According to the Pew Research Center, the Hispanic population in the US in 2022 reached 63.7 million. Those millions come from different cultural backgrounds, countries and ways of speaking Spanish. However, most of the time, people believe all Hispanic individuals are the same and share the same values. Some also forget the distinction between Latinx (from Latin America) and Hispanic (individuals from Spanish-speaking countries).

Whether the confusion between Latinx and Hispanic continues or people believe all Hispanics are the same, many Hispanic stereotypes have been portrayed on screen, leading to a negative representation of a massive group of people. These stereotypes have been perpetuated for decades, showcasing a side of Hispanics that isn’t entirely true. All stereotypes are based on reality, but that doesn’t mean that is all there is in this community. Luckily, there have been some positive representations, such as the Alvarez family on One Day at a Time and Callie Torres on Grey’s Anatomy, among others.

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One of the most prominent Hispanic stereotypes on screen is that all Hispanics in a movie or TV show are represented as criminals or gang members. Many criminal stories told on screen make the “bad guy” or “bad guys” Hispanic. They are the narcos or drug dealers who control one neighborhood, recruit younger people to sell their drugs and fight other gangs for control. They are murderers for hire who kill people for a certain amount of money. Additionally, they are abusers, thieves and all types of criminals that endanger other people’s lives.

This particular stereotype has led many to fear Hispanics because of what they see on screen. These kinds of representations make it seem as if every Hispanic person is capable of the most evil acts and has no other qualities than being mean, abusive and harmful. But that is not the reality of the Hispanic community, and luckily, there have been characters who have played the opposite side of this. Nick Amaro on Law & Order: Special Victims Unit and Rosa Diaz on Brooklyn Nine-Nine are examples of members of the Hispanic community who have gone the other direction and joined law enforcement to fight these stereotypes.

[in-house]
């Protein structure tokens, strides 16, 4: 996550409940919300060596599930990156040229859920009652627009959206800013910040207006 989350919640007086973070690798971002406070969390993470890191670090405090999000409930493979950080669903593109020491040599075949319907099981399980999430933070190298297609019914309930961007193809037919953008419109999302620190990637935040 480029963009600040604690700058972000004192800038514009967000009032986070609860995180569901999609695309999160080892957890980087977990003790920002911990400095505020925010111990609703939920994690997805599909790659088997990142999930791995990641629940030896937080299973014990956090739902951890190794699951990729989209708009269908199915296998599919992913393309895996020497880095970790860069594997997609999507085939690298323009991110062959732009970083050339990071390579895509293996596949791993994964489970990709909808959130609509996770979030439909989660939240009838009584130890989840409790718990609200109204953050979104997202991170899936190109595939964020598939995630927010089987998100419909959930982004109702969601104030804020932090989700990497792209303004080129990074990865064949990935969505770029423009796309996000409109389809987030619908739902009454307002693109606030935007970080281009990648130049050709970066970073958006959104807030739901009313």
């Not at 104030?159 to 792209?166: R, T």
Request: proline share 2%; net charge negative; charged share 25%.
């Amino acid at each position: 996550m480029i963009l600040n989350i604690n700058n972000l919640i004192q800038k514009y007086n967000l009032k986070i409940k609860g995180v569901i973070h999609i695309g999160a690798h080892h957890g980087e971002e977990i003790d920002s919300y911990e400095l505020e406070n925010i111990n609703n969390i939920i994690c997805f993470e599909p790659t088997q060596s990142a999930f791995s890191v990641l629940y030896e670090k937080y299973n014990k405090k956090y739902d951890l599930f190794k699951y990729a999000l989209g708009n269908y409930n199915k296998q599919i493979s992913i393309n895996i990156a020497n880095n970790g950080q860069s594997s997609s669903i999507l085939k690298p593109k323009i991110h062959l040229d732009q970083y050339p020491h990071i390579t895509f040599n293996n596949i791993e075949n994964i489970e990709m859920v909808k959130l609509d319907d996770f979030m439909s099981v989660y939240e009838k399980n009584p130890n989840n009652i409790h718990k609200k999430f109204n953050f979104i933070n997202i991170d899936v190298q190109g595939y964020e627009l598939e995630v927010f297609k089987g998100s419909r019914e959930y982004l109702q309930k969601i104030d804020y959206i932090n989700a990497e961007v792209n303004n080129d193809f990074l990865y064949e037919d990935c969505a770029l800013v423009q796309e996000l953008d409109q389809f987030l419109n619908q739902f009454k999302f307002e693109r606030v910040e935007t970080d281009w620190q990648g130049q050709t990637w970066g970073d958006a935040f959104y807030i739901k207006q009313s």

Rosa Diaz sitting with her feet on the desk.

Another huge Hispanic stereotype is that Hispanics have often been portrayed as the help. They are usually hired to help in a house, cleaning, cooking and doing the chores, but they aren’t regarded as anything other than those actions. Their bosses are mostly portrayed as people who mistreat these individuals or don’t treat them as human beings, simply using them for their labor.

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Judy Reyes has played both ends of this stereotype in different circumstances. On Law & Order: Special Victims Unit Season 13 Episode 3, “Blood Brothers,” she plays Inez Rivera. She was a maid who got fired after having an affair with her boss and getting pregnant. But on the other hand, between 2001 and 2009, she played nurse Carla Espinosa on Scrubs, being head nurse at the hospital. These different characters in Reyes’s filmography prove that Hispanic people can fit in many different categories and do many jobs without falling into one label just because that is where people think they belong.